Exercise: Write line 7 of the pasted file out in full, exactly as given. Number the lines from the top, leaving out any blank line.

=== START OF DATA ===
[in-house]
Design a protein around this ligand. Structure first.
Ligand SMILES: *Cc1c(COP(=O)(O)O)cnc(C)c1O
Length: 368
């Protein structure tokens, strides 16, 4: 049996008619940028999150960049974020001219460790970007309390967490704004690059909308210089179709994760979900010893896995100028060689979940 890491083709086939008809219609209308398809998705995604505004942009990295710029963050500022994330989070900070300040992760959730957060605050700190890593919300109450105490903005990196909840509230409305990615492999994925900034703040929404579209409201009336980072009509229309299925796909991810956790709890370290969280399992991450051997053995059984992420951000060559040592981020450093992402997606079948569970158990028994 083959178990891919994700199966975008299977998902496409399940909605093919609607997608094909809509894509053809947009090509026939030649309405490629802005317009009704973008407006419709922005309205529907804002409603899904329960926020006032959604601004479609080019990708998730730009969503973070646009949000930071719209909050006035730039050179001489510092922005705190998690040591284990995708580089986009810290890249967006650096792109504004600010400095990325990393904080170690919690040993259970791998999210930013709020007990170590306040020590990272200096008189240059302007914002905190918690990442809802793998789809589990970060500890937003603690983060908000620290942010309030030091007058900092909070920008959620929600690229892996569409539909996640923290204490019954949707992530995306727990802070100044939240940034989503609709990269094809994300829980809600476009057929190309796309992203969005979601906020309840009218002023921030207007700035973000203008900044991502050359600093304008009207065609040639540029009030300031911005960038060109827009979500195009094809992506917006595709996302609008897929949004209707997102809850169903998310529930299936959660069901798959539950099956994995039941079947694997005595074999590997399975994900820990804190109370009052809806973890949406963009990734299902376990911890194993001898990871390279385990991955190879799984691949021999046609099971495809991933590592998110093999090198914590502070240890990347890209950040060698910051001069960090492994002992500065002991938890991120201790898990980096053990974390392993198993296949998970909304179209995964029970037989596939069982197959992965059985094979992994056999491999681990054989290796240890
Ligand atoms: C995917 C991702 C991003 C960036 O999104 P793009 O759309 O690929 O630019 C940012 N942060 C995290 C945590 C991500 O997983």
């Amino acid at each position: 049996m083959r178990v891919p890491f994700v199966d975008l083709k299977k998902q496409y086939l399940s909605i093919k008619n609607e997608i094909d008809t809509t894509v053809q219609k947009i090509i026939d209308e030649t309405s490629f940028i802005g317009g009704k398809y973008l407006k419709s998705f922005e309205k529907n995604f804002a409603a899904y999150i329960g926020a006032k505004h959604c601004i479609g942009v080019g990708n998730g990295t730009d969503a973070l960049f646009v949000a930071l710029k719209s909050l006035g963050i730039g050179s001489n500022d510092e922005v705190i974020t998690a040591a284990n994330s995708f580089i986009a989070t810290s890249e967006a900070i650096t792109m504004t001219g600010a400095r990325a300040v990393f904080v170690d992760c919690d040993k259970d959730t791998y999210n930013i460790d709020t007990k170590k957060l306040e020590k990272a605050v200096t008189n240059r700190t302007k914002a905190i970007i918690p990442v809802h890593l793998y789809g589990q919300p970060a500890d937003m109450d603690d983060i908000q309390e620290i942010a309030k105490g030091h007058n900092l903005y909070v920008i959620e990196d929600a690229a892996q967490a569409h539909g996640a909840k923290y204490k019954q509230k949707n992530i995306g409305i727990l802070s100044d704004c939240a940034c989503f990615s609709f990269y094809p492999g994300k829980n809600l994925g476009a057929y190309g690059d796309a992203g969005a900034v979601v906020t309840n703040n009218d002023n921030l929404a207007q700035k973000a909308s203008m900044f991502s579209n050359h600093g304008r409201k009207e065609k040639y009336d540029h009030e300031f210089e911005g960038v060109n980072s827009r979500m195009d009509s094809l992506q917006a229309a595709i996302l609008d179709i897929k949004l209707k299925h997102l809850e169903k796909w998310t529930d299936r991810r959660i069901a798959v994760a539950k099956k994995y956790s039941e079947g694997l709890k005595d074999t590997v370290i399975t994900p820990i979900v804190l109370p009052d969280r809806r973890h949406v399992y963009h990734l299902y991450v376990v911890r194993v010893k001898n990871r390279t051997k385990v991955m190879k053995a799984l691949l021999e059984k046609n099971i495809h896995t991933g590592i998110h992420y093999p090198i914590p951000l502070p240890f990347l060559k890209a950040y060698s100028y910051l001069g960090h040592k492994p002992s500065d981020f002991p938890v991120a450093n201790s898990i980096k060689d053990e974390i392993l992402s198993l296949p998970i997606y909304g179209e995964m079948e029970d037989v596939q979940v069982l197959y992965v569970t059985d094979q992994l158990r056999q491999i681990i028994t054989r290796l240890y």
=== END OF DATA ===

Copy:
């Amino acid at each position: 049996m083959r178990v891919p890491f994700v199966d975008l083709k299977k998902q496409y086939l399940s909605i093919k008619n609607e997608i094909d008809t809509t894509v053809q219609k947009i090509i026939d209308e030649t309405s490629f940028i802005g317009g009704k398809y973008l407006k419709s998705f922005e309205k529907n995604f804002a409603a899904y999150i329960g926020a006032k505004h959604c601004i479609g942009v080019g990708n998730g990295t730009d969503a973070l960049f646009v949000a930071l710029k719209s909050l006035g963050i730039g050179s001489n500022d510092e922005v705190i974020t998690a040591a284990n994330s995708f580089i986009a989070t810290s890249e967006a900070i650096t792109m504004t001219g600010a400095r990325a300040v990393f904080v170690d992760c919690d040993k259970d959730t791998y999210n930013i460790d709020t007990k170590k957060l306040e020590k990272a605050v200096t008189n240059r700190t302007k914002a905190i970007i918690p990442v809802h890593l793998y789809g589990q919300p970060a500890d937003m109450d603690d983060i908000q309390e620290i942010a309030k105490g030091h007058n900092l903005y909070v920008i959620e990196d929600a690229a892996q967490a569409h539909g996640a909840k923290y204490k019954q509230k949707n992530i995306g409305i727990l802070s100044d704004c939240a940034c989503f990615s609709f990269y094809p492999g994300k829980n809600l994925g476009a057929y190309g690059d796309a992203g969005a900034v979601v906020t309840n703040n009218d002023n921030l929404a207007q700035k973000a909308s203008m900044f991502s579209n050359h600093g304008r409201k009207e065609k040639y009336d540029h009030e300031f210089e911005g960038v060109n980072s827009r979500m195009d009509s094809l992506q917006a229309a595709i996302l609008d179709i897929k949004l209707k299925h997102l809850e169903k796909w998310t529930d299936r991810r959660i069901a798959v994760a539950k099956k994995y956790s039941e079947g694997l709890k005595d074999t590997v370290i399975t994900p820990i979900v804190l109370p009052d969280r809806r973890h949406v399992y963009h990734l299902y991450v376990v911890r194993v010893k001898n990871r390279t051997k385990v991955m190879k053995a799984l691949l021999e059984k046609n099971i495809h896995t991933g590592i998110h992420y093999p090198i914590p951000l502070p240890f990347l060559k890209a950040y060698s100028y910051l001069g960090h040592k492994p002992s500065d981020f002991p938890v991120a450093n201790s898990i980096k060689d053990e974390i392993l992402s198993l296949p998970i997606y909304g179209e995964m079948e029970d037989v596939q979940v069982l197959y992965v569970t059985d094979q992994l158990r056999q491999i681990i028994t054989r290796l240890y």